Snoopy vs. The Red Baron will feature more than 50 missions across six distinct levels, and producers told us they are aiming to pack in about 20 hours of playtime in the game. This means that the games missions are be a bit more complex than simple run-and-gun affairs -- in some levels, Snoopy will be performing reconnaissance duties over enemy territory; in others, youll be going up against level bosses in arcade-style fights on rails -- which will offer a nice contrast to the more open-ended flight missions that make up the core of the game.

Controls in Snoopy vs. The Red Baron are very easy to pick up, befitting the cartoon nature of the game. Snoopy turns on a dime in the game and has plenty of tricks, like barrel rolls, that he can pull of when in a tight spot. As you progress through the game you can open up new characters to play with, as well as new planes Snoopy can pilot (including, of course, his famous Sopwith Camel doghouse plane).

With both team-based and competitive multiplayer support for up to six players (four on the PlayStation 2), Snoopy vs. The Red Baron looks to be shaping up as a kid-friendly game that parents probably wont mind joining in on as well. Expect to see more on the game in the coming months.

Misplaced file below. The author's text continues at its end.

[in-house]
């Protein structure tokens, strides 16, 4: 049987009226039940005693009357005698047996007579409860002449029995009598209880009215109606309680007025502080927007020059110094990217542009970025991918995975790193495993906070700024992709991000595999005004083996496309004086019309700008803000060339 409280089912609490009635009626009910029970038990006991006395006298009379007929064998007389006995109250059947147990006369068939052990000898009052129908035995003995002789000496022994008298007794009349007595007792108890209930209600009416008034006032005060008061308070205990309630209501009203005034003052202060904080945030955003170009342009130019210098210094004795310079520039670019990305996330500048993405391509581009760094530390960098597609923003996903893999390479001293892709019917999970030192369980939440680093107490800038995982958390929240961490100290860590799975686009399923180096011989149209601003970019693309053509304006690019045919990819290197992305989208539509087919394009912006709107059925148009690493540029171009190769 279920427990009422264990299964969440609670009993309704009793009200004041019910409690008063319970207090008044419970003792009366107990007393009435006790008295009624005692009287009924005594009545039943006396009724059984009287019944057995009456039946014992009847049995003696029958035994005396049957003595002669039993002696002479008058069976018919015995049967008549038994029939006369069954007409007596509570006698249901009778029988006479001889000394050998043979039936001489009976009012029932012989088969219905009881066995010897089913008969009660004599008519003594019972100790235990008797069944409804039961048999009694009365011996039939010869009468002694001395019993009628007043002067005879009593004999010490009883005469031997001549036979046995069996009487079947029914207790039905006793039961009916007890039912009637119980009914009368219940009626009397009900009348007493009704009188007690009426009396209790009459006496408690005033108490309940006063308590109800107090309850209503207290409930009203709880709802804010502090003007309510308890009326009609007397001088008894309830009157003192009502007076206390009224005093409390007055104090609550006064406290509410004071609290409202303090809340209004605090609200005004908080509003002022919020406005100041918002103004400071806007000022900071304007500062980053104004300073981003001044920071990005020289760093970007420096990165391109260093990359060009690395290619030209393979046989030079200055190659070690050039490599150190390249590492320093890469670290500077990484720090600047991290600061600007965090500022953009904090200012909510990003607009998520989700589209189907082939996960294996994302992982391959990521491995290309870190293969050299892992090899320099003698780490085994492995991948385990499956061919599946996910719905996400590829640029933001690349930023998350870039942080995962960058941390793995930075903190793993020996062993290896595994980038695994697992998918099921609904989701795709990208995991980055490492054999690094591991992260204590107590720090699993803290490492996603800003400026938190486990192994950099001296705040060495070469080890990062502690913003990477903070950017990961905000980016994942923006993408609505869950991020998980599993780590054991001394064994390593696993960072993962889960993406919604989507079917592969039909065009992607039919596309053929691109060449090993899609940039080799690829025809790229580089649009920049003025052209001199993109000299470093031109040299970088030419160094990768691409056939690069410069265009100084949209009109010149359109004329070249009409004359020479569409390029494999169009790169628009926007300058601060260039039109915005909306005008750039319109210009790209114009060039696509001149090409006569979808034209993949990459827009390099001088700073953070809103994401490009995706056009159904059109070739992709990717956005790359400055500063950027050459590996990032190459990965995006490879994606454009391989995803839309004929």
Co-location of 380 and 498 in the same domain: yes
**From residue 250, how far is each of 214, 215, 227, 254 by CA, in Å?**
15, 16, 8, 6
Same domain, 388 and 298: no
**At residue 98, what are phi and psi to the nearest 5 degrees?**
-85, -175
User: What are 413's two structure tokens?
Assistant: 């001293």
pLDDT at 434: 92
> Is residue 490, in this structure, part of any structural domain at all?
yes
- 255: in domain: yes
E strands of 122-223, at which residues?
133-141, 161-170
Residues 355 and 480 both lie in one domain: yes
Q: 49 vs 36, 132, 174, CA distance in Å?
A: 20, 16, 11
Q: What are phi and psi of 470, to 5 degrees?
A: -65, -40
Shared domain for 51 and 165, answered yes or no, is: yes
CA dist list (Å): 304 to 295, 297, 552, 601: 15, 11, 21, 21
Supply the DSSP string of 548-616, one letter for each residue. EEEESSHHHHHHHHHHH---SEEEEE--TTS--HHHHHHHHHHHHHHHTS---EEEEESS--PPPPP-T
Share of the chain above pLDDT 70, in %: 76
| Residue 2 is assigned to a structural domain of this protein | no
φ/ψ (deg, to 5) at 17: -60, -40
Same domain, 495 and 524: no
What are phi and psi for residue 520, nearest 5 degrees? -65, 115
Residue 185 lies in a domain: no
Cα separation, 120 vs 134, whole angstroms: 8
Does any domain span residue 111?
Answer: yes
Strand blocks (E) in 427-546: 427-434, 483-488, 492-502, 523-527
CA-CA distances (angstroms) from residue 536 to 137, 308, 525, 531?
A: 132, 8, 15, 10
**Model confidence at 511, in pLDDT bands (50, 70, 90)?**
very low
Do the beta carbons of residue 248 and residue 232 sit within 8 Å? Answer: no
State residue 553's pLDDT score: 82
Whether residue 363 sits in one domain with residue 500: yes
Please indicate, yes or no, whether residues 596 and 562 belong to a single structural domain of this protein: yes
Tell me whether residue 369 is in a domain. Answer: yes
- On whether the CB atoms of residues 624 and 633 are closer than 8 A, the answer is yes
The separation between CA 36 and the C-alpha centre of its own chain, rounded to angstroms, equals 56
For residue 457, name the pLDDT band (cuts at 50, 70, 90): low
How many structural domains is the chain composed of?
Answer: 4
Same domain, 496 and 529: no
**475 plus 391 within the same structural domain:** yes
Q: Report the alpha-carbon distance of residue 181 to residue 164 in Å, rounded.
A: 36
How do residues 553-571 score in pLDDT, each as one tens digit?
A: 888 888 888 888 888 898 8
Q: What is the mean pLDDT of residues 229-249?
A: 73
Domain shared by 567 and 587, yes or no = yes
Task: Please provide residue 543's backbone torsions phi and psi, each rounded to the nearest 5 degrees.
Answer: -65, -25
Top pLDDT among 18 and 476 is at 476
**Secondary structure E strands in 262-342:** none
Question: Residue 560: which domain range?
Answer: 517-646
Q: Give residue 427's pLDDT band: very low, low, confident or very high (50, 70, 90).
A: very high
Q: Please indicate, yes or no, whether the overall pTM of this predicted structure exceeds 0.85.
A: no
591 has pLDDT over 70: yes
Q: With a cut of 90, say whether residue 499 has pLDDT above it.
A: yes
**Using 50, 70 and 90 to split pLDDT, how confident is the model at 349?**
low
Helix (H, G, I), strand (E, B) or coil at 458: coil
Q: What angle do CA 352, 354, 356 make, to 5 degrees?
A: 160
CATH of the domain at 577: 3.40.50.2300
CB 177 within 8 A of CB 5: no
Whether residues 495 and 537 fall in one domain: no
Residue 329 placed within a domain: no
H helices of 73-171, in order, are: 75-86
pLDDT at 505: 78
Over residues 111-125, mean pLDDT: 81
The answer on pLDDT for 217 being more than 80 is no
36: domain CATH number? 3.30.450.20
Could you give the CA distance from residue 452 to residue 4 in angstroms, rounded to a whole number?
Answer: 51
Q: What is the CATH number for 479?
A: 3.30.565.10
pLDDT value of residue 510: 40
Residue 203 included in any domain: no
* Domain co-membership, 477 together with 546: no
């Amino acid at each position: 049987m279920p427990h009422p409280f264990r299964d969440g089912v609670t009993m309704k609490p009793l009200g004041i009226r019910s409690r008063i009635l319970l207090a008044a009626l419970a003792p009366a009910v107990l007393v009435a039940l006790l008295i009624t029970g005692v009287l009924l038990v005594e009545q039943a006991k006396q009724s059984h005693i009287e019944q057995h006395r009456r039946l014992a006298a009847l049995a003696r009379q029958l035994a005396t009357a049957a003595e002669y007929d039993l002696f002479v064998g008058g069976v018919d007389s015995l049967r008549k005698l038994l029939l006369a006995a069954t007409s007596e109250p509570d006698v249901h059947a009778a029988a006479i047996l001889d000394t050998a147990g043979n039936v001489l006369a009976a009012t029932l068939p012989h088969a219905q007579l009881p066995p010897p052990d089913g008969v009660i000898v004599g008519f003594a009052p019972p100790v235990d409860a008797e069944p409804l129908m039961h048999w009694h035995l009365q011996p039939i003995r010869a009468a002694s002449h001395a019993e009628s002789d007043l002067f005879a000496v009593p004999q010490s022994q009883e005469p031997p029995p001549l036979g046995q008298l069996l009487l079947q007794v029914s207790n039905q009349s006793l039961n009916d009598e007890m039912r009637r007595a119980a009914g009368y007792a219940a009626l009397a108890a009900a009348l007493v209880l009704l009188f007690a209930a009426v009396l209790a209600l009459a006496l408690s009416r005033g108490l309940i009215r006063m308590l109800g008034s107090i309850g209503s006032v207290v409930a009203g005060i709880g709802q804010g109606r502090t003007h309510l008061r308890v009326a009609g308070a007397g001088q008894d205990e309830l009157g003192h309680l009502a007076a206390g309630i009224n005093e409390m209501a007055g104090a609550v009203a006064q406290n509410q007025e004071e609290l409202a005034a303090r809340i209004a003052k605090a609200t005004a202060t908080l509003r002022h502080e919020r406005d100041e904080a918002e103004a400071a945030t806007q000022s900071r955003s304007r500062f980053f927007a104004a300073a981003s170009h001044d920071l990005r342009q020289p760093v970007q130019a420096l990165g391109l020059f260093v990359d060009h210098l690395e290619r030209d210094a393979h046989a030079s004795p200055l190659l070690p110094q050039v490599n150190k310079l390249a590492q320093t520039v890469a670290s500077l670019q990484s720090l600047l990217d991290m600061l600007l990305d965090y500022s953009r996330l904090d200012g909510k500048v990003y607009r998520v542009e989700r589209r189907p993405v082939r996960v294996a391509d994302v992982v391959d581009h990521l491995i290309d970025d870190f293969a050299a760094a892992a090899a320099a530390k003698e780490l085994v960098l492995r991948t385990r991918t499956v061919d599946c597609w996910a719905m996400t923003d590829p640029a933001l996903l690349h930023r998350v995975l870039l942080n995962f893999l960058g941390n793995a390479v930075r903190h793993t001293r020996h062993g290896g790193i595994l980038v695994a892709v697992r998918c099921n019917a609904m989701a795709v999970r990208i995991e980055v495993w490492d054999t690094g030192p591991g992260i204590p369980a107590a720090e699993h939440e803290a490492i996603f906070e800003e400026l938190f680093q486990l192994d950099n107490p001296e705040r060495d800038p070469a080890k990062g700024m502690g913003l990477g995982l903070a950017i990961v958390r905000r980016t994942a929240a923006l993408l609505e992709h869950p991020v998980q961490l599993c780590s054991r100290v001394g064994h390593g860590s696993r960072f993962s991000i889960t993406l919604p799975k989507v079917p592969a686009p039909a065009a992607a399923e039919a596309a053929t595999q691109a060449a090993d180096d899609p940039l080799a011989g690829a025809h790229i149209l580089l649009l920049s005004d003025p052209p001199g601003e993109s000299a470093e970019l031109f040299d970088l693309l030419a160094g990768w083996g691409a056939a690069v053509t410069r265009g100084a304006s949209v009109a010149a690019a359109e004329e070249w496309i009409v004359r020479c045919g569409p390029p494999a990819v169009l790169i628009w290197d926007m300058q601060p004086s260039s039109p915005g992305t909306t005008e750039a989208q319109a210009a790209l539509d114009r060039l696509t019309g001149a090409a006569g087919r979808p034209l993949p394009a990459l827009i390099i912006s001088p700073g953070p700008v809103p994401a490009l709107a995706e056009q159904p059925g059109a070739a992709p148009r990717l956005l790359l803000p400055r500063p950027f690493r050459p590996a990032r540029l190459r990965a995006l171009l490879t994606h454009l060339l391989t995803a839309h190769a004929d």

Charlie Brown teaches tenacity

April 28, 2006

Jeffery Westhoff
The Northwest Herald [Crystal Lake, Illinois]

Another of my favorite films, A Boy Named Charlie Brown, finally has made it to DVD.

Its release is much more timely than the folks at Paramount Home Video probably realized. Just like a girl named Akeelah in a movie opening today, Charlie Brown discovers a talent for spelling and goes all the way to a national spelling bee (though he goes to New York while she goes to Washington, D.C.).

The first of four Peanuts feature films, A Boy Named Charlie Brown was released in 1969 and reflects the humor, philosophy and literary nature of Charles Schulzs 1960s comic strips, the era when Peanuts was in its prime. In the opening scene, Charlie Brown, Lucy and Linus are lying on a hill discussing the shapes they see in the clouds. Linus reels off a comparisons to Renaissance paintings and Gothic architecture.

Charlie Brown responds, I was going to say I saw a horsey and a ducky, but I changed my mind.

The animation is limited, but more Pop Art experimental than the Peanuts TV specials. The visuals verge on psychedelic when Schroeder sits down to play Beethovens Pathetique Sonata. Hmmm, that means Peanuts did it before A Clockwork Orange. How cutting edge is that?